Local Development at KubeCon EU
The Tilt engineering team is back from KubeCon in Barcelona. Thanks for everyone who visited our booth to press our button!
We went to KubeCon to learn more about real-world struggles for engineers building services on Kubernetes.
Folks, the struggle is real.
Here’s a quick view of some of the common trends we saw:
Bazel: A Better Container Builder
Three talks discussed Bazel:
“Repeatable Deployments with Kubernetes, Helm & Bazel” by Rohan Singh
“Streamlining Kubernetes Application CI/CD with Bazel” by Gregg Donovan & Chris Love
“Reproducible Development and Deployment with Bazel and Telepresence” by Christian Roggia
Bazel is a language-agnostic build system based on over a decade of experience with large-scale build tools at Google. We’ve been tongue-in-cheek critical of Bazel in the past, but it’s a great tool.
Bazel can also create reproducible container images. Unlike Dockerfiles, Bazel ensures that you get fast, iterative builds every time. No need to carefully stack Dockerfile layers like a Jenga tower to maximize caching.
If you’re using Tilt to run your microservices, Tilt has a plugin system to have Bazel build the images. Head on over to our Bazel & Tilt guide to learn how. Two of the speakers mentioned that they were already using Tilt! 😊
Connecting Local Dev Across Services
If you’re developing services in Kuberenetes, Tilt isn’t the only game in town. We stopped by the booths of other teams in this space.
Telepresence tries to solve this problem by throwing networking at it. They give you a toolkit of network proxies that let you run a server locally, then connect it to the servers running in your cluster. The tools are flexible with many options, depending on how high fidelity you want the network to be.
Garden has built a graph-based visualization of the services you’re working on. You codify which services in that graph update when you change a file. Then, when you make a change, you can watch your changes automatically propagate through the build-run-test graph.
For us, it was exciting to see multiple creative approaches to solving the same problem.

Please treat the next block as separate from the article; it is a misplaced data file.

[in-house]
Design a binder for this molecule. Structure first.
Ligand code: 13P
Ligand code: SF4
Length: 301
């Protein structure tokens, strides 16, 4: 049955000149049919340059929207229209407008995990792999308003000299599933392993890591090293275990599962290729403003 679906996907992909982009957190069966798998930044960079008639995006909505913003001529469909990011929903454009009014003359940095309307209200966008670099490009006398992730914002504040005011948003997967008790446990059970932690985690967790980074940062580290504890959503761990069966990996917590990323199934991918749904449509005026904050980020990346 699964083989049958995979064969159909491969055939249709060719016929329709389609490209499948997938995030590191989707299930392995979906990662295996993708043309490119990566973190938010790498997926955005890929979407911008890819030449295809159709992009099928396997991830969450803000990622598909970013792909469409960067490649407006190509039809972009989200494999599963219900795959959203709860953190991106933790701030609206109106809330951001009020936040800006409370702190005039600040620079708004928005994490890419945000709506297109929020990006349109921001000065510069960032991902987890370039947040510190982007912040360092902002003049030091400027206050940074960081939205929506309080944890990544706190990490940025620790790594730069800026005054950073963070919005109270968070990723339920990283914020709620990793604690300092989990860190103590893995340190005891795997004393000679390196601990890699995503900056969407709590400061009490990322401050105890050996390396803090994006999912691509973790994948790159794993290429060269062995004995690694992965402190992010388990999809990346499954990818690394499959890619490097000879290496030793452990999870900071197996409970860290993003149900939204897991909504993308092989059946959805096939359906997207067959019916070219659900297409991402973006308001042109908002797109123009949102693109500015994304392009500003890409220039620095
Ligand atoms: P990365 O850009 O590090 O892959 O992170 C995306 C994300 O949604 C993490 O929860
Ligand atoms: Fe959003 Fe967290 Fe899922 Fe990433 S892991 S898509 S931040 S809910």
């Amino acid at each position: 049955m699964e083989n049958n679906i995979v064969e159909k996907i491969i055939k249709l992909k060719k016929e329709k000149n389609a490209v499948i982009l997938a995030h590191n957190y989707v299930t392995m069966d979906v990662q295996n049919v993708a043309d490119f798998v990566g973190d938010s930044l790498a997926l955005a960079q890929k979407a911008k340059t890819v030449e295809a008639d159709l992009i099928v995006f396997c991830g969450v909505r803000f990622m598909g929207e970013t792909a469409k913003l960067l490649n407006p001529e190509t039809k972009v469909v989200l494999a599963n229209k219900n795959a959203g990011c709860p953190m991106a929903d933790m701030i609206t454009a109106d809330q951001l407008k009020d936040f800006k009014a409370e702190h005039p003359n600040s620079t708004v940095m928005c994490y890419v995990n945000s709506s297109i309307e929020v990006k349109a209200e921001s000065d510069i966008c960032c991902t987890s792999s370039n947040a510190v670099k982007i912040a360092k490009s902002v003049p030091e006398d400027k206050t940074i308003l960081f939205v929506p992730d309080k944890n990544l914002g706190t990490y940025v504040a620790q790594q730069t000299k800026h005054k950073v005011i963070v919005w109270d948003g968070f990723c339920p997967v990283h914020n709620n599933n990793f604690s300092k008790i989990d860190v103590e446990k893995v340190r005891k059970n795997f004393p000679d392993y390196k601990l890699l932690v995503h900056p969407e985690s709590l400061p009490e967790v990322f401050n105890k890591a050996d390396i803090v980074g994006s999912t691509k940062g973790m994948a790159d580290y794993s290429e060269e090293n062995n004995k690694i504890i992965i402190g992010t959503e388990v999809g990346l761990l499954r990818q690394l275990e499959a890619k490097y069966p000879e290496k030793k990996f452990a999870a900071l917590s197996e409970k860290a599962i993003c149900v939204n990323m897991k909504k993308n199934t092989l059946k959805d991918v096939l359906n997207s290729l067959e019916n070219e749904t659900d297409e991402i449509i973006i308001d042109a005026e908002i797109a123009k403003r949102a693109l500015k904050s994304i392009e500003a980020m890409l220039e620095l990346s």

Kubernetes Clusters on Your Laptop
For a long time, Minikube was the best way to create a local Kubernetes cluster for testing. But now there are so many more tools with much lower overhead!
The KIND (Kubernetes IN Docker) team gave two talks, one focused on using KIND to test Kubernetes itself, and one focused on using KIND to test your apps & controllers. They’ve put a lot of work into making the startup time fast, so that it’s cheap to throw away a broken cluster and start a new one.
Konstantinos Tsakalozos of the MicroK8s team was at the Ubuntu booth. MicroK8s makes your Linux desktop a single-node Kubernetes cluster. The overhead is so low that it’s been my go-to for local dev.
Rancher had a booth too. I haven’t tried out their k3s / k3d yet. But the idea of a Kubernetes with non-essential features stripped out for local dev is super appealing. If you’ve tried it, we’d love to hear what you think of it and how it compares to the others.
We hope you come away from this post with a better understanding of the problem space, and where the community is making progress. We’re hoping to post some more digested thoughts in the next couple weeks.
If you’re interesting in learning more about how Tilt approaches these problems, we’d love to hear from you.
We hang out in the #tilt channel in Kubernetes slack (get an invite at slack.k8s.io). We write code in windmilleng/tilt.
Maybe we’ll see you at the next KubeCon?
Originally posted on the Windmill Engineering blog on Medium